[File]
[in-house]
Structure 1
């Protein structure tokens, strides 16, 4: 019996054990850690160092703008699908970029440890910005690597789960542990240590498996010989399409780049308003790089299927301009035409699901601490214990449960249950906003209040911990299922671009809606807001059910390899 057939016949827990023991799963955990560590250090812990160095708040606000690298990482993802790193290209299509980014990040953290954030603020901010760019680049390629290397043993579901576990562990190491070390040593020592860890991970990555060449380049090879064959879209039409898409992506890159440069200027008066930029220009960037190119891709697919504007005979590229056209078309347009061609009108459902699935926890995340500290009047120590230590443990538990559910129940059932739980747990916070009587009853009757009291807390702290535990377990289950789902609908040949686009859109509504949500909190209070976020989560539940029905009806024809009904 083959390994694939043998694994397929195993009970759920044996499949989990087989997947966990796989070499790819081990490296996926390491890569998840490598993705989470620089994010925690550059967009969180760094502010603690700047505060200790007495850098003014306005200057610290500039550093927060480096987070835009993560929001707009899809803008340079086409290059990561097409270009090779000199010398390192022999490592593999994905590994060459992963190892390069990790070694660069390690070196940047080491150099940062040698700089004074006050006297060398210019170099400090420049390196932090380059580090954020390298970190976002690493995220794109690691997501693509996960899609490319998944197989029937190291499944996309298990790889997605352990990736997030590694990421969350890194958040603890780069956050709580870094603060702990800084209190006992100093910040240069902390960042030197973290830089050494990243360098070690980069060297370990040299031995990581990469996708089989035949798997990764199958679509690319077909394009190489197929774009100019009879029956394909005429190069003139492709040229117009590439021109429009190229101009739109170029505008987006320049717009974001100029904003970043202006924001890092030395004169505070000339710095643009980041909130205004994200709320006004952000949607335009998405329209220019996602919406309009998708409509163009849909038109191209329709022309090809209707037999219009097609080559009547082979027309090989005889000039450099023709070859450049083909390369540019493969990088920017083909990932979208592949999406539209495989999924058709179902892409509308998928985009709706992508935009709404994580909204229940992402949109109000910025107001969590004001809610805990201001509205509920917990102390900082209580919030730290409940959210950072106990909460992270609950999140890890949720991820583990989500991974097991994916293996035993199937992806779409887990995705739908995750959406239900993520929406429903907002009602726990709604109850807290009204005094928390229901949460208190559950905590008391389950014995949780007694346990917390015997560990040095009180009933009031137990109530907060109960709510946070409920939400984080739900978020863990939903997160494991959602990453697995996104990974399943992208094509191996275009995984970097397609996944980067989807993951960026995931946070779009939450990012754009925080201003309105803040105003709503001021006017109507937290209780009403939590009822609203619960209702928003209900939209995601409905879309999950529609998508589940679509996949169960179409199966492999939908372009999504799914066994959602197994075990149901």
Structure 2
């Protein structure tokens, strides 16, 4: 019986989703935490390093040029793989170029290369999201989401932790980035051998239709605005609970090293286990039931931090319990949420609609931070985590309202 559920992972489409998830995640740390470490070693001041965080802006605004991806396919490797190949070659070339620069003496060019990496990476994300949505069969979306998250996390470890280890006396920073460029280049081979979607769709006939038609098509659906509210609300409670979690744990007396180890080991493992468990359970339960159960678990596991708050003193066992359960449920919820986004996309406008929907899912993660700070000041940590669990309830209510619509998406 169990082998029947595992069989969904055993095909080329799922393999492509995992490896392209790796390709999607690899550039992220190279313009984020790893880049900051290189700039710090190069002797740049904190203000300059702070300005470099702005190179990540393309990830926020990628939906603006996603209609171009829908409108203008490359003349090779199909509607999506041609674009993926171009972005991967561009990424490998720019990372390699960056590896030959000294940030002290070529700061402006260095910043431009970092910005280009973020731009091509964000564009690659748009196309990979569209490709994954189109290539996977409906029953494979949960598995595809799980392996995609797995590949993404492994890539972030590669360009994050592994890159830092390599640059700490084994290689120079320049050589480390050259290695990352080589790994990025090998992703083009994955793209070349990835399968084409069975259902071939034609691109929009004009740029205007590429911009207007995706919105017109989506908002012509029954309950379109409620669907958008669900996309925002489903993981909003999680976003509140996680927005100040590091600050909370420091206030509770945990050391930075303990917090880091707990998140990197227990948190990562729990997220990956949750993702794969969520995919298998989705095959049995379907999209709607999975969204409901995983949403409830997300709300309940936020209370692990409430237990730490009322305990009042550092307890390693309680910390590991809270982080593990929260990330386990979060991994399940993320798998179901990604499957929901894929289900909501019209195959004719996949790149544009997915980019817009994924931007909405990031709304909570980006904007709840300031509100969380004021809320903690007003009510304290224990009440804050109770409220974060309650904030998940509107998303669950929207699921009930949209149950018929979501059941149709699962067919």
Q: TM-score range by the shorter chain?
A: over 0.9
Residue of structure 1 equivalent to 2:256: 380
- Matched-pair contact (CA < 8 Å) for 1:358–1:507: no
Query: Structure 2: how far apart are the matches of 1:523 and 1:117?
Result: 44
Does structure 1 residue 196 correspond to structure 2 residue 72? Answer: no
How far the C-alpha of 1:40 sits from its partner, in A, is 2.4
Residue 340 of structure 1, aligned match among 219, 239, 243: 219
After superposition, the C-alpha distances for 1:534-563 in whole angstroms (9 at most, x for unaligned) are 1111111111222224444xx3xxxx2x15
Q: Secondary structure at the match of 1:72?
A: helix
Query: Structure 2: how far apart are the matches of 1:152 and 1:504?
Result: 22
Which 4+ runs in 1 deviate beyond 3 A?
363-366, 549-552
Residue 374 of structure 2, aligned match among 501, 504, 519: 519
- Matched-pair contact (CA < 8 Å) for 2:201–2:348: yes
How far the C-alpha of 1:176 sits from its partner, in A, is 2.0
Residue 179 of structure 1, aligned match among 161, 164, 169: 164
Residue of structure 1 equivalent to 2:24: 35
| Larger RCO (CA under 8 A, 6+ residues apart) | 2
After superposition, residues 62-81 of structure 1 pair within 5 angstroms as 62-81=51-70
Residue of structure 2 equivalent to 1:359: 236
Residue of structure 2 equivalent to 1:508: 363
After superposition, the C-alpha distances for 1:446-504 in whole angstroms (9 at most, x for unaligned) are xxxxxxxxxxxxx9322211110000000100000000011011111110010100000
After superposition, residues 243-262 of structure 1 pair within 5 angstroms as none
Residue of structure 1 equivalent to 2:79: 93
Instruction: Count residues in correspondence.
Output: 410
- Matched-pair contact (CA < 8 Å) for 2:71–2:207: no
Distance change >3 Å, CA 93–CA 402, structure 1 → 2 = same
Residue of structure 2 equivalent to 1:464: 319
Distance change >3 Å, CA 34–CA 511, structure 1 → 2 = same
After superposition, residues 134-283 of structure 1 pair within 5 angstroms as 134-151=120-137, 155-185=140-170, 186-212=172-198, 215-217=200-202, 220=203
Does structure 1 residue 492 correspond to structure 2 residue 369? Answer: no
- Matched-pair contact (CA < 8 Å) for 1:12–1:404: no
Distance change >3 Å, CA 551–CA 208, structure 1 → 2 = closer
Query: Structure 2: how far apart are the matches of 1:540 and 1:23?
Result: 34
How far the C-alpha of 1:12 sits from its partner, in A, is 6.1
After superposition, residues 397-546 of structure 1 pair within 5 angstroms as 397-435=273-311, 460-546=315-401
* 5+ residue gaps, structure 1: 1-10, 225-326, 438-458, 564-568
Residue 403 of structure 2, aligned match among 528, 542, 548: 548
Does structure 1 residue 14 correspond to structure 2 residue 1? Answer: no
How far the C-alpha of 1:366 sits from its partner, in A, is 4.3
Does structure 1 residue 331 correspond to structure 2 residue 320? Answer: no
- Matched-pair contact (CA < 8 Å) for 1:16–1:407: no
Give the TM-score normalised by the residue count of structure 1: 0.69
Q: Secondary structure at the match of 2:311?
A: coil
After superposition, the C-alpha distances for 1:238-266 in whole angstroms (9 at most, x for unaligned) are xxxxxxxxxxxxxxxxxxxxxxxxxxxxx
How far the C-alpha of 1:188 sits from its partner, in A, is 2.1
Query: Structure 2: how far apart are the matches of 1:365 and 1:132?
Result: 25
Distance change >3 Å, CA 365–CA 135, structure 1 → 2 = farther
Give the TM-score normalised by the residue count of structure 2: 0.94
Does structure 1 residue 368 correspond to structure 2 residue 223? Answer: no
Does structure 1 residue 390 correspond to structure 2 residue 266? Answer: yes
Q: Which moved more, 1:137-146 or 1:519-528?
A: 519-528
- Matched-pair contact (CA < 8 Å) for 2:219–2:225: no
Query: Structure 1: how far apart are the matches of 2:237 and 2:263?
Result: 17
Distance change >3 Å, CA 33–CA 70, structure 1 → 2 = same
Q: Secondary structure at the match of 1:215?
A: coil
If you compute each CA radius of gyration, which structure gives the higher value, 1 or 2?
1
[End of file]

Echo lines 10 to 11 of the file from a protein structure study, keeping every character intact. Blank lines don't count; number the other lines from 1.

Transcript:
Query: Structure 2: how far apart are the matches of 1:523 and 1:117?
Result: 44